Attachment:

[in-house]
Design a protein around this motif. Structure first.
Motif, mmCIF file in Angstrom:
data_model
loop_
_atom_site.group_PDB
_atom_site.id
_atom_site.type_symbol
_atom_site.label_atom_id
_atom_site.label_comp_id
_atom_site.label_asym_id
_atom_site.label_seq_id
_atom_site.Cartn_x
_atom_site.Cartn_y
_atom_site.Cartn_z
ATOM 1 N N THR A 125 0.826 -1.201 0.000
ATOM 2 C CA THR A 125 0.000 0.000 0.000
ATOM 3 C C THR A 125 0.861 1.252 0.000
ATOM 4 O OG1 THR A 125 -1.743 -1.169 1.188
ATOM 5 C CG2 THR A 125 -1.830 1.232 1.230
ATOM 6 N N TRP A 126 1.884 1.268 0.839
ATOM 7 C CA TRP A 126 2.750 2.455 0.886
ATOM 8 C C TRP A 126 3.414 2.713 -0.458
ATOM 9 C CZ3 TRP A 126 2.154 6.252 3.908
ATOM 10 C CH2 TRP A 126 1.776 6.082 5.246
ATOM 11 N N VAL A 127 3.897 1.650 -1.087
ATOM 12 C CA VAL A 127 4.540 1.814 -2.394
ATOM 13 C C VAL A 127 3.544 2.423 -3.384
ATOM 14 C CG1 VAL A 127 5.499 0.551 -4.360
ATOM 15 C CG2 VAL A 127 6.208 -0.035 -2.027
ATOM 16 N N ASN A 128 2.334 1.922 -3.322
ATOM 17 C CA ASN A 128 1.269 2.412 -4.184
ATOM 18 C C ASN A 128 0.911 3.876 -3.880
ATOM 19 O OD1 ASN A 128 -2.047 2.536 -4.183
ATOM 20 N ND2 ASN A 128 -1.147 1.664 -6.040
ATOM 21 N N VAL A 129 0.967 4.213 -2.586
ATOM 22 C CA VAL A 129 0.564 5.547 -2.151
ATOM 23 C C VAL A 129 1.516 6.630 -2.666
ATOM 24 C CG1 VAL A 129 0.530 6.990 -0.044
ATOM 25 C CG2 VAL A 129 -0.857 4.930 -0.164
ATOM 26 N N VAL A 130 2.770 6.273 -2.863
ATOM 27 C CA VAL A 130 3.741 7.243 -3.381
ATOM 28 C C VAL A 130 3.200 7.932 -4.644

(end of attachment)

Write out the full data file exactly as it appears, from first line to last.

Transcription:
[in-house]
Design a protein around this motif. Structure first.
Motif, mmCIF file in Angstrom:
data_model
loop_
_atom_site.group_PDB
_atom_site.id
_atom_site.type_symbol
_atom_site.label_atom_id
_atom_site.label_comp_id
_atom_site.label_asym_id
_atom_site.label_seq_id
_atom_site.Cartn_x
_atom_site.Cartn_y
_atom_site.Cartn_z
ATOM 1 N N THR A 125 0.826 -1.201 0.000
ATOM 2 C CA THR A 125 0.000 0.000 0.000
ATOM 3 C C THR A 125 0.861 1.252 0.000
ATOM 4 O OG1 THR A 125 -1.743 -1.169 1.188
ATOM 5 C CG2 THR A 125 -1.830 1.232 1.230
ATOM 6 N N TRP A 126 1.884 1.268 0.839
ATOM 7 C CA TRP A 126 2.750 2.455 0.886
ATOM 8 C C TRP A 126 3.414 2.713 -0.458
ATOM 9 C CZ3 TRP A 126 2.154 6.252 3.908
ATOM 10 C CH2 TRP A 126 1.776 6.082 5.246
ATOM 11 N N VAL A 127 3.897 1.650 -1.087
ATOM 12 C CA VAL A 127 4.540 1.814 -2.394
ATOM 13 C C VAL A 127 3.544 2.423 -3.384
ATOM 14 C CG1 VAL A 127 5.499 0.551 -4.360
ATOM 15 C CG2 VAL A 127 6.208 -0.035 -2.027
ATOM 16 N N ASN A 128 2.334 1.922 -3.322
ATOM 17 C CA ASN A 128 1.269 2.412 -4.184
ATOM 18 C C ASN A 128 0.911 3.876 -3.880
ATOM 19 O OD1 ASN A 128 -2.047 2.536 -4.183
ATOM 20 N ND2 ASN A 128 -1.147 1.664 -6.040
ATOM 21 N N VAL A 129 0.967 4.213 -2.586
ATOM 22 C CA VAL A 129 0.564 5.547 -2.151
ATOM 23 C C VAL A 129 1.516 6.630 -2.666
ATOM 24 C CG1 VAL A 129 0.530 6.990 -0.044
ATOM 25 C CG2 VAL A 129 -0.857 4.930 -0.164
ATOM 26 N N VAL A 130 2.770 6.273 -2.863
ATOM 27 C CA VAL A 130 3.741 7.243 -3.381
ATOM 28 C C VAL A 130 3.200 7.932 -4.644